District B13



You've worn out your special-edition Transporter DVDs. You've seen every piece of badly dubbed crap they show on Cinemax in the middle of the night. Jean-Claude Van Damme is approaching retirement. What's a Eurotrash action fan to do?

Head to the art house, apparently. Hollywood once knew how to make flashy action films that relied on brute strength and minimal special effects. Now, it seems, the tough-guys-with-chips-on-their-shoulders genre seems to be the province of Europe and Asia, where they still churn out leaping, kicking, punching heroes faster than audiences can consume them.

Case in point: The slick new sci-fi action flick District B13. Hailing from France and produced and co-written by Luc Besson (La Femme Nikita, The Fifth Element), the movie marks the arrival of at least one potential fists-of-fury international superstar, Cyril Raffaelli. A former stunt director, the sinewy, stubbly Raffaelli has coordinated the action in The Transporter and Ronin, and his square jaw, rippling biceps and lighting-fast moves could give Jason Statham a run for his money. He's not bad with dialogue either, although that's hardly a requirement in a junky, high-octane spectacle like this.

A decent rip-off of John Carpenter's '80s classic Escape from New York, the setting is Paris in the year 2010. The government has decided the only way to control the city's violent underclass is to barricade the slums off from the outside world. (Any similarity to the uprisings in France in recent years is, you would assume, completely unintentional.) Behind each wall is a festering, decaying community of thugs, drug dealers and petty criminals.

In the B13 area, honest muscleman, Leïto (David Belle) works with his spunky sister Lola (Dany Verissimo) to take out the drug dealers who patrol their block. Also fighting the good fight is the one non-crooked cop in the city, Damien (Raffaelli), and after his latest daring bust, his supervisors have an even more treacherous assignment: A "clean bomb" has been stolen somewhere in B13, and Damien has to team up with Leïto, the only honest man who knows the area, to save millions of people.

B13 has all the clichés down-pat: the tattooed, mostly shirtless heroes, the ludicrously sleazy, coke-snorting thugs and a crime lord who looks like a middle-aged Gene Simmons. What's not to love? Better still, the script takes turns you don't expect, and director Pierre Morel plays clever tricks with the movie's chronology. Raffaelli and the somewhat-forced Belle have a decent rapport, and Verissimo is good enough to warrant her own action picture — which makes it a damn shame that she spends the second half bound and gagged like an old-fashioned damsel in distress.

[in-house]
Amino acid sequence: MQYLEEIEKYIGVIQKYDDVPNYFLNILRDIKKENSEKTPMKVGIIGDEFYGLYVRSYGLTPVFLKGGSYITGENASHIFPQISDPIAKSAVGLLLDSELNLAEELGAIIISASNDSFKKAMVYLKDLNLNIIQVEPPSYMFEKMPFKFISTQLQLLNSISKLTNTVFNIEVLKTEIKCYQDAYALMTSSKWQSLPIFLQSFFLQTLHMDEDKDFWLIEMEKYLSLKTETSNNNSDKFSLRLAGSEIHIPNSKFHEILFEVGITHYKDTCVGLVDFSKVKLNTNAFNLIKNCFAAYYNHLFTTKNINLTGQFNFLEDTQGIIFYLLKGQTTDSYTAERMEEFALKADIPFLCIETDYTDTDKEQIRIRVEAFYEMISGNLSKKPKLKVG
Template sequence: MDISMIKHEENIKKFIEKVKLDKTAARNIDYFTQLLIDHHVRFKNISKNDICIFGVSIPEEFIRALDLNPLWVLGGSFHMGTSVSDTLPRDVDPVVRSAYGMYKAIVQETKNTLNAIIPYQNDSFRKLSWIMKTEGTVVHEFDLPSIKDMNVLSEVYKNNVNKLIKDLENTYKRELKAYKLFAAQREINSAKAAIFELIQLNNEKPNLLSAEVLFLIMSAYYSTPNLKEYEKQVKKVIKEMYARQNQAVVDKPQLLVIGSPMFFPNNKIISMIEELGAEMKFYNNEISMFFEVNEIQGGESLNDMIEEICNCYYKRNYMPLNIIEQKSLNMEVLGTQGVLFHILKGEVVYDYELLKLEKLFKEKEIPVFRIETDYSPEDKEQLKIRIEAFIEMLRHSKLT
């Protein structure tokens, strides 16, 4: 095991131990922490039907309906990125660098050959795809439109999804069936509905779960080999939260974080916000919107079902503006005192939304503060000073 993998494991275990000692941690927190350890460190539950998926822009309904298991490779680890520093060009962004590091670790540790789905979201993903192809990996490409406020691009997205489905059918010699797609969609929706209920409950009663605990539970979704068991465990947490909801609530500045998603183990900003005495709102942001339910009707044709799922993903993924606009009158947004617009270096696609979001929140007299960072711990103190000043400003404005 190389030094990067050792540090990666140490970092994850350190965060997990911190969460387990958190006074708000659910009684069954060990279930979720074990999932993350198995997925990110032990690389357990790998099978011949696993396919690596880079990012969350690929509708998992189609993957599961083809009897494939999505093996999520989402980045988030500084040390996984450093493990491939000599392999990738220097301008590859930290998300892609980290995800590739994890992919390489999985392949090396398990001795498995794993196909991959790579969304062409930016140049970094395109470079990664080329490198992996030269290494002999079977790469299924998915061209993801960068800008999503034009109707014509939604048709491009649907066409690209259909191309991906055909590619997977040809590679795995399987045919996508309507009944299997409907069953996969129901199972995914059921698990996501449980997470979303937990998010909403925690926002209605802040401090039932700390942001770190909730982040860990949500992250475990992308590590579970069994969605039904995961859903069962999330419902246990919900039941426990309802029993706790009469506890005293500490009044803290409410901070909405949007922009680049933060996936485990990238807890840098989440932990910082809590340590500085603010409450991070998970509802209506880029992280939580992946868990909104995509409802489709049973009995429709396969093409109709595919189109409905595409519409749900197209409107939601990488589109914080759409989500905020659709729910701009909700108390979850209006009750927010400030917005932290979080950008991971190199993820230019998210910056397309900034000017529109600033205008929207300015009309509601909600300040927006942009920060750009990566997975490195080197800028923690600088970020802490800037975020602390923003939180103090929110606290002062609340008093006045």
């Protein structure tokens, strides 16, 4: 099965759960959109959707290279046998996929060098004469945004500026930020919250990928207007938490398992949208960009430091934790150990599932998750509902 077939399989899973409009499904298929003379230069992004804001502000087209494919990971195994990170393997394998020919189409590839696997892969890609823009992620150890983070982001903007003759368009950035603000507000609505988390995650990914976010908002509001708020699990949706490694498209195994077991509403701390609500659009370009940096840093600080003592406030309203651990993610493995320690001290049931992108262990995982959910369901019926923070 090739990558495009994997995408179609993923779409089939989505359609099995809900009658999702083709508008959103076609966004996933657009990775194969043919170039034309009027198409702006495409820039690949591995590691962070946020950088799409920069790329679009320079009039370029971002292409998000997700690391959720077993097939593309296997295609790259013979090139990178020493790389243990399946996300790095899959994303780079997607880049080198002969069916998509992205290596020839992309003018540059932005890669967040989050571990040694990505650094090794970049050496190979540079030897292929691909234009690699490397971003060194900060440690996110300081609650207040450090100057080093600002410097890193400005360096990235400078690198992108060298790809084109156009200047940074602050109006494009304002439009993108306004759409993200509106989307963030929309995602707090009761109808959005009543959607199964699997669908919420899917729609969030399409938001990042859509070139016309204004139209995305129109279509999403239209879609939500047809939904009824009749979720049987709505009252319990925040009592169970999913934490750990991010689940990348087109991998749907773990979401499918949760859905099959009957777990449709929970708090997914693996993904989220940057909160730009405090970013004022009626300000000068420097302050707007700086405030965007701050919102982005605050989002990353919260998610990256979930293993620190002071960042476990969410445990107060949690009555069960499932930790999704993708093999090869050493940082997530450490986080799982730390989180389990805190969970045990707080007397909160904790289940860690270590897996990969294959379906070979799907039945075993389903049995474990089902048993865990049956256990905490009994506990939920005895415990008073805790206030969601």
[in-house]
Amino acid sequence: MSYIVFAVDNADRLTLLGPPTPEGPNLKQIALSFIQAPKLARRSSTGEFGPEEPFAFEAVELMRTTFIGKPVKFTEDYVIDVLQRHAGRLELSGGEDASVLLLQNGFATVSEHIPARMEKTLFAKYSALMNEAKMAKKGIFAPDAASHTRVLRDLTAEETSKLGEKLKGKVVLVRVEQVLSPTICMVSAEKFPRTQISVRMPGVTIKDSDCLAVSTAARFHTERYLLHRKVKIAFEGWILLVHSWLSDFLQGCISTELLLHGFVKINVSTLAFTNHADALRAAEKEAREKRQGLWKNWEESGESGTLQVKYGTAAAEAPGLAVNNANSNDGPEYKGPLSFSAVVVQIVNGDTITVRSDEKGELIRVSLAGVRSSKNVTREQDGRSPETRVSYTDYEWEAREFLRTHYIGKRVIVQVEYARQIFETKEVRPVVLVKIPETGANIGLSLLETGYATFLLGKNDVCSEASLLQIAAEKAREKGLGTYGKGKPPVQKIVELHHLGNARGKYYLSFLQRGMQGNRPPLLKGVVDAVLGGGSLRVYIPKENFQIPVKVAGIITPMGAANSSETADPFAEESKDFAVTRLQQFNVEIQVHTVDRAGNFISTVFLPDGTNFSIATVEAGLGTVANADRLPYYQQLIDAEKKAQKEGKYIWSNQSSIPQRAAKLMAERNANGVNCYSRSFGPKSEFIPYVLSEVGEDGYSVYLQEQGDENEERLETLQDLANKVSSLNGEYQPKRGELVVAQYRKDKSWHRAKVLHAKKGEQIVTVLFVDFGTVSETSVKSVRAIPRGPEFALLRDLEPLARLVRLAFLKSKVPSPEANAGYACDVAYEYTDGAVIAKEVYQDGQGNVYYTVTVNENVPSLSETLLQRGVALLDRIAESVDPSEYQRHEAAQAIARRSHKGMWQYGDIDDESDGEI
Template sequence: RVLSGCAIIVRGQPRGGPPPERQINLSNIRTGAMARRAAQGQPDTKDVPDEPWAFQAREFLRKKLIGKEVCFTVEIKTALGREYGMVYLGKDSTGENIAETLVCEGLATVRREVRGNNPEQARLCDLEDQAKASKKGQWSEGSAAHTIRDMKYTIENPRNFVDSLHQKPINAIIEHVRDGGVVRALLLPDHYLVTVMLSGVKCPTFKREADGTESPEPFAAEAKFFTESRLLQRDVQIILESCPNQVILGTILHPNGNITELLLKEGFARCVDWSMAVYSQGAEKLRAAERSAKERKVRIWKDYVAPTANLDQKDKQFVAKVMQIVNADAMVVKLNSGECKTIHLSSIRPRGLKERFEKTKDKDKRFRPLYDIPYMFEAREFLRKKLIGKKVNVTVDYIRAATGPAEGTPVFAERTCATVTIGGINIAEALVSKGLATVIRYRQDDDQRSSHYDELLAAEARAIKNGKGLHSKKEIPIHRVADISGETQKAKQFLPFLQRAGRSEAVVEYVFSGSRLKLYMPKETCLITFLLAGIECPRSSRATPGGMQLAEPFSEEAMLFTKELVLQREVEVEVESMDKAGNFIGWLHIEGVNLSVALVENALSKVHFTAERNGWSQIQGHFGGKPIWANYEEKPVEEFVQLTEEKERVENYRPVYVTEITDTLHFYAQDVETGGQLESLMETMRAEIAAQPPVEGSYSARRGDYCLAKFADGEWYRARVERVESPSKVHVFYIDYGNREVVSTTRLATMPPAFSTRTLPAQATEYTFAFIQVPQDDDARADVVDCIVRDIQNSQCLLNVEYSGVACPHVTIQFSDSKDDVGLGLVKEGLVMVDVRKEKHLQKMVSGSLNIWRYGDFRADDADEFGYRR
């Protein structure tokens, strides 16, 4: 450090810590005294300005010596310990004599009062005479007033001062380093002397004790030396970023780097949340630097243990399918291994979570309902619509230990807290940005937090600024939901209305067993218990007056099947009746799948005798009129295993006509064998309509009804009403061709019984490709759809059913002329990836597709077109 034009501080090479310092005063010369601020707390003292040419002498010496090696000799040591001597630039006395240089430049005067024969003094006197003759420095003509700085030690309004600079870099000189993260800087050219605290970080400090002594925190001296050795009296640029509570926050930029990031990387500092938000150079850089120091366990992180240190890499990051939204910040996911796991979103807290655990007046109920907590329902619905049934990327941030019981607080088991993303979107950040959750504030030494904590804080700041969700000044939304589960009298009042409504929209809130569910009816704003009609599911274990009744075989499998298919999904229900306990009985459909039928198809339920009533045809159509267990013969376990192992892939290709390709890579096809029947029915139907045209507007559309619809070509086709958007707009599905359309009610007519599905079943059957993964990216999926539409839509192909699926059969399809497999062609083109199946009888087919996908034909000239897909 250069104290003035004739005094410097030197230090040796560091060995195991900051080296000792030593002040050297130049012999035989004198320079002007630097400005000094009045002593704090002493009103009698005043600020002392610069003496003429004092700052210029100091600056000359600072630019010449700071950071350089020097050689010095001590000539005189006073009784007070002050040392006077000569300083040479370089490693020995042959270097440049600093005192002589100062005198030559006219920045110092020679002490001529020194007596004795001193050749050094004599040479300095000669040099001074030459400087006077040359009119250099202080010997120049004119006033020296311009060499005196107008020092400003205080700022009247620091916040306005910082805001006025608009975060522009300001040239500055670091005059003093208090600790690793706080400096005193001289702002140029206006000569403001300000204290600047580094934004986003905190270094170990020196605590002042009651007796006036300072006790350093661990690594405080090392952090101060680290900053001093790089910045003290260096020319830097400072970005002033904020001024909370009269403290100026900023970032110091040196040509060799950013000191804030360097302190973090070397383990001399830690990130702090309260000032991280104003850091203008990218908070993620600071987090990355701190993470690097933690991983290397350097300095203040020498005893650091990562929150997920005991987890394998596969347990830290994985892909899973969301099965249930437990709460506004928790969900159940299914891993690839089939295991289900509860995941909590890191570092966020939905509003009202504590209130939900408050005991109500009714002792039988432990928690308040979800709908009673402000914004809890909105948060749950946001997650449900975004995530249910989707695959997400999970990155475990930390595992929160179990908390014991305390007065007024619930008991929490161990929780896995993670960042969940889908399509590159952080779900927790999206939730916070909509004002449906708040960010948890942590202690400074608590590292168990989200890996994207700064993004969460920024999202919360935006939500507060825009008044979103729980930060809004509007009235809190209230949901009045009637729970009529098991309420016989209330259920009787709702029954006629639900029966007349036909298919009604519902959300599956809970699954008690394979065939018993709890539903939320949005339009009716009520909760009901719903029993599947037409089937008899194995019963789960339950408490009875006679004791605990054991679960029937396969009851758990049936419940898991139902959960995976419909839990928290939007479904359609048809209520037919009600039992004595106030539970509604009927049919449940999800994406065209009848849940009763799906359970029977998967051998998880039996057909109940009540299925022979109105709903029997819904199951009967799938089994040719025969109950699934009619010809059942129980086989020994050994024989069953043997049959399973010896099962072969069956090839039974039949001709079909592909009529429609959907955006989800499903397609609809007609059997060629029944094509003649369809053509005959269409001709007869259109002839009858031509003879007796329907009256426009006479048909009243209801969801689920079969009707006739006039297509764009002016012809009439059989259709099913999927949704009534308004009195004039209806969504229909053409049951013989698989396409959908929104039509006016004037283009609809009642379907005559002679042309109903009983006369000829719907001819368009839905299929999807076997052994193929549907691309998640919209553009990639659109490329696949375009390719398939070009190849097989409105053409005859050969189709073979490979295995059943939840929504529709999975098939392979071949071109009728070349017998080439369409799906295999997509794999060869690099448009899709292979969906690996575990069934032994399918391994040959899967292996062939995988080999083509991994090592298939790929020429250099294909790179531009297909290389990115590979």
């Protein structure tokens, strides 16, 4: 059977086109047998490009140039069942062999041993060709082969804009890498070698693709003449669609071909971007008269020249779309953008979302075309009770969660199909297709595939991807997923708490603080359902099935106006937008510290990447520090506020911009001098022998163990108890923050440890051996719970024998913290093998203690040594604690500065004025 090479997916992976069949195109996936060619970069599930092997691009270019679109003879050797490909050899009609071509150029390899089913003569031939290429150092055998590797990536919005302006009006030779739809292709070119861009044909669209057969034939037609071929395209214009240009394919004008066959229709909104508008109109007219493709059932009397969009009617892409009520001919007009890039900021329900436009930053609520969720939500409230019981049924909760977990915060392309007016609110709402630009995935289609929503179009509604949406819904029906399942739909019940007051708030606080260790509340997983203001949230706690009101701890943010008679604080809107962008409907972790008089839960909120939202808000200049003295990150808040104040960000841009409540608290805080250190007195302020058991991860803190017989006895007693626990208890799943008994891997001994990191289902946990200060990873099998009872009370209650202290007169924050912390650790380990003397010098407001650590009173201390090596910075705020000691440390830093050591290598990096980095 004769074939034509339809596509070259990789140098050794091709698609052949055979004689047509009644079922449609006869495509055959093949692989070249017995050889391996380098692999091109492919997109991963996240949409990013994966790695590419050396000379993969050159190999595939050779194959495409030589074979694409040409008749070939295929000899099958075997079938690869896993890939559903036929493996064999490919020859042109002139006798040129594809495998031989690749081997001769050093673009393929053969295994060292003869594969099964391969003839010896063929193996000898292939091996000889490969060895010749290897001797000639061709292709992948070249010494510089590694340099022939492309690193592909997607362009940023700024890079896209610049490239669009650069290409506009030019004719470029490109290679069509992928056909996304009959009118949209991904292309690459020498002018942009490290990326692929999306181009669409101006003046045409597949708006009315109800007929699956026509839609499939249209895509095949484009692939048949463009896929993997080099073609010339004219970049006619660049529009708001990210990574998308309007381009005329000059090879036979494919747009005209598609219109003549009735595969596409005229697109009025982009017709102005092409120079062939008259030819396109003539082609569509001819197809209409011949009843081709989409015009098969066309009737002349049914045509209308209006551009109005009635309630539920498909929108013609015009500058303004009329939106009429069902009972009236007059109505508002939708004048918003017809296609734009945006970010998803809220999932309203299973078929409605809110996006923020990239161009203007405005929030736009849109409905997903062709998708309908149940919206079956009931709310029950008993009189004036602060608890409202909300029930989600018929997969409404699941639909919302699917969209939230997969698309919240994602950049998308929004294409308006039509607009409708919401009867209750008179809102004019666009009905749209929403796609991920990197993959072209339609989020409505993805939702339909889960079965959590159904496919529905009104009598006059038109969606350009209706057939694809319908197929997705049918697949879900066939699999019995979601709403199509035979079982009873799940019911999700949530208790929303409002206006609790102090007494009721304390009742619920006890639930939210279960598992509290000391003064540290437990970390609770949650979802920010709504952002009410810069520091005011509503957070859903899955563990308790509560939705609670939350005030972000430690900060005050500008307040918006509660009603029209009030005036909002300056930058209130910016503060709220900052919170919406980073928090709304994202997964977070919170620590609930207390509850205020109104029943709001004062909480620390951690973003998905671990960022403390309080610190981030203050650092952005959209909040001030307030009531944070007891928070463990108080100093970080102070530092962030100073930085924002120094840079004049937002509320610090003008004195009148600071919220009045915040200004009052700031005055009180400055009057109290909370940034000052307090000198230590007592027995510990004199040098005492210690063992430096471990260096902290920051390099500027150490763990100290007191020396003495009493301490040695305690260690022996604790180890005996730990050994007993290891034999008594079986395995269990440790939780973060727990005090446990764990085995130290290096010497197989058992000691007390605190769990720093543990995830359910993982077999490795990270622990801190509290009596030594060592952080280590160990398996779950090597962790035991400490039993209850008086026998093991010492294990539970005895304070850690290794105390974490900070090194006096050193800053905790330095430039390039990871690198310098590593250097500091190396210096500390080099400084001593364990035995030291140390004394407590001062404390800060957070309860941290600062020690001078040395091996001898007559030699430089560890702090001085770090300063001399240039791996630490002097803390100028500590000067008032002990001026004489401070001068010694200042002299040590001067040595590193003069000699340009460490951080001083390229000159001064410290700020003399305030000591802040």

But what's most important is that the film has all the acrobatic, Hong Kong-style fight choreography we've come to expect from Eurotrash cinema, and the high-flying Raffaelli can do far more with improvised weaponry — steering wheels, cinderblocks — than the Rock can with a handgun. Here's hoping his agent teaches him some English and gets him some meetings in Hollywood — and soon.


Showing at the Main Art Theatre (118 N. Main St., Royal Oak; 248-263-2111).

Michael Hastings writes about film for Metro Times. Send comments to letters@metrotimes.com.

We welcome readers to submit letters regarding articles and content in Detroit Metro Times. Letters should be a minimum of 150 words, refer to content that has appeared on Detroit Metro Times, and must include the writer's full name, address, and phone number for verification purposes. No attachments will be considered. Writers of letters selected for publication will be notified via email. Letters may be edited and shortened for space.

Email us at letters@metrotimes.com.

Support Local Journalism.
Join the Detroit Metro Times Press Club

Local journalism is information. Information is power. And we believe everyone deserves access to accurate independent coverage of their community and state. Our readers helped us continue this coverage in 2020, and we are so grateful for the support.

Help us keep this coverage going in 2021. Whether it's a one-time acknowledgement of this article or an ongoing membership pledge, your support goes to local-based reporting from our small but mighty team.

Join the Metro Times Press Club for as little as $5 a month.